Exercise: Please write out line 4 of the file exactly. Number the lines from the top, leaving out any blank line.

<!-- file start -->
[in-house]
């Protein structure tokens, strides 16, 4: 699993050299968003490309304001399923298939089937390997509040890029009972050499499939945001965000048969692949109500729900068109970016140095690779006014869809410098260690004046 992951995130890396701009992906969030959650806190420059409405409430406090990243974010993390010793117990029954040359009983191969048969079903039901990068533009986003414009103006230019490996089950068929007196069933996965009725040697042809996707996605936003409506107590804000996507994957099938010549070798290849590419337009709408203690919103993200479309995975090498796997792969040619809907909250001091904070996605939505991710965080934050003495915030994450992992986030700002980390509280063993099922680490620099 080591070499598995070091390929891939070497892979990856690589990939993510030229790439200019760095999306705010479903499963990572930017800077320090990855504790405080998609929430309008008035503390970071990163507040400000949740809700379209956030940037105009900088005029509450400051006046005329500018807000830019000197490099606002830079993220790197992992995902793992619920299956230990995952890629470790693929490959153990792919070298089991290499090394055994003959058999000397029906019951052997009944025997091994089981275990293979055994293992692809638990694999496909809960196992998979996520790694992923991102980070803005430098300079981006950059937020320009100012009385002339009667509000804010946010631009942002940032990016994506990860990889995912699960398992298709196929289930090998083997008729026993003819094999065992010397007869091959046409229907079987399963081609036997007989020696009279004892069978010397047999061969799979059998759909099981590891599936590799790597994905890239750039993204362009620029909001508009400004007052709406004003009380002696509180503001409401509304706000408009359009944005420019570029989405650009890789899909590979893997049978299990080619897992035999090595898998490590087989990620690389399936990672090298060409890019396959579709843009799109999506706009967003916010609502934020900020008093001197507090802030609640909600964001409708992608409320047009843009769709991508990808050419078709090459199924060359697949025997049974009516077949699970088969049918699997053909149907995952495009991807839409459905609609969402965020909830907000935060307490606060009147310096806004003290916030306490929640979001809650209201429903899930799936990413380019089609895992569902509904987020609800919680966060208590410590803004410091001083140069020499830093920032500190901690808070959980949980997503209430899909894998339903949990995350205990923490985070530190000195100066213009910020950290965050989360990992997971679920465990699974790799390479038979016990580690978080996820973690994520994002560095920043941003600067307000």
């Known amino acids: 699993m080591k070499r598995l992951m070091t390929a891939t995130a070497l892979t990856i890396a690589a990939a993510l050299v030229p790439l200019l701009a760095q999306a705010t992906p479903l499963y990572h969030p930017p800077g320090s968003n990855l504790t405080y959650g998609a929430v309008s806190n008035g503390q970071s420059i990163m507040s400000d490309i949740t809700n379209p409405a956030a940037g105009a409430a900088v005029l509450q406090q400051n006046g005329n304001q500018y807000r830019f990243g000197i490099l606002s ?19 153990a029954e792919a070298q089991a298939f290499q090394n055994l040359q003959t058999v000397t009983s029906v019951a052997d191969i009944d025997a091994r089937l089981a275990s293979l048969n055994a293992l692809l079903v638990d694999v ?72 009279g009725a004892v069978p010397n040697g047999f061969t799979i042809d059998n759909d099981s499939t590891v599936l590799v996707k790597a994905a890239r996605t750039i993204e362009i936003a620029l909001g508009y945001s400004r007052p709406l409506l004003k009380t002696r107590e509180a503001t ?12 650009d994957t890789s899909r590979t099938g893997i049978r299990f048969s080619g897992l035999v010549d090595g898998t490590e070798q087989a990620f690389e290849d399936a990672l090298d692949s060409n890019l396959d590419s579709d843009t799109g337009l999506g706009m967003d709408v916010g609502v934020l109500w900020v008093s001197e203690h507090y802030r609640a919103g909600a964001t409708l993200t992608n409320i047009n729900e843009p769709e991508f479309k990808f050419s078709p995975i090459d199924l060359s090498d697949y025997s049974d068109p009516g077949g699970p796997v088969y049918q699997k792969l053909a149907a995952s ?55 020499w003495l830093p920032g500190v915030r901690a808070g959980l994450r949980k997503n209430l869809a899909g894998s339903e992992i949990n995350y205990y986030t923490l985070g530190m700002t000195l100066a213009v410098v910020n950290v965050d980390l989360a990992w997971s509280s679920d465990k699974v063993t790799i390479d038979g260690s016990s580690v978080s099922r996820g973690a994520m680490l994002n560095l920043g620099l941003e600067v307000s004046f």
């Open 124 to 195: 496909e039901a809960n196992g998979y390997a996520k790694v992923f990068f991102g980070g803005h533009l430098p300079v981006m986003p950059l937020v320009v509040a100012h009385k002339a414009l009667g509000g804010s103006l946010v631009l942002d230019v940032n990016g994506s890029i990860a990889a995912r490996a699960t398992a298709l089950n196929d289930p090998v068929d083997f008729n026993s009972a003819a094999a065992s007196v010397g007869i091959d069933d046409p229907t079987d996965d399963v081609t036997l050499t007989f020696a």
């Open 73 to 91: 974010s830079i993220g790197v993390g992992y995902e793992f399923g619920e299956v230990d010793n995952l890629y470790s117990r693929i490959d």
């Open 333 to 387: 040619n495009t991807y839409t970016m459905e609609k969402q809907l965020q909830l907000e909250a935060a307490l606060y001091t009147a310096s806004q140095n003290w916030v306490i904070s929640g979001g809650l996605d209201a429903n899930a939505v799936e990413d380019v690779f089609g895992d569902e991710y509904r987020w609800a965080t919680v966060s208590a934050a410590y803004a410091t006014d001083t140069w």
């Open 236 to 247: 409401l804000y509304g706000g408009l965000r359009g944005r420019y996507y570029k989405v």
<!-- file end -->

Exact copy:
């Open 124 to 195: 496909e039901a809960n196992g998979y390997a996520k790694v992923f990068f991102g980070g803005h533009l430098p300079v981006m986003p950059l937020v320009v509040a100012h009385k002339a414009l009667g509000g804010s103006l946010v631009l942002d230019v940032n990016g994506s890029i990860a990889a995912r490996a699960t398992a298709l089950n196929d289930p090998v068929d083997f008729n026993s009972a003819a094999a065992s007196v010397g007869i091959d069933d046409p229907t079987d996965d399963v081609t036997l050499t007989f020696a």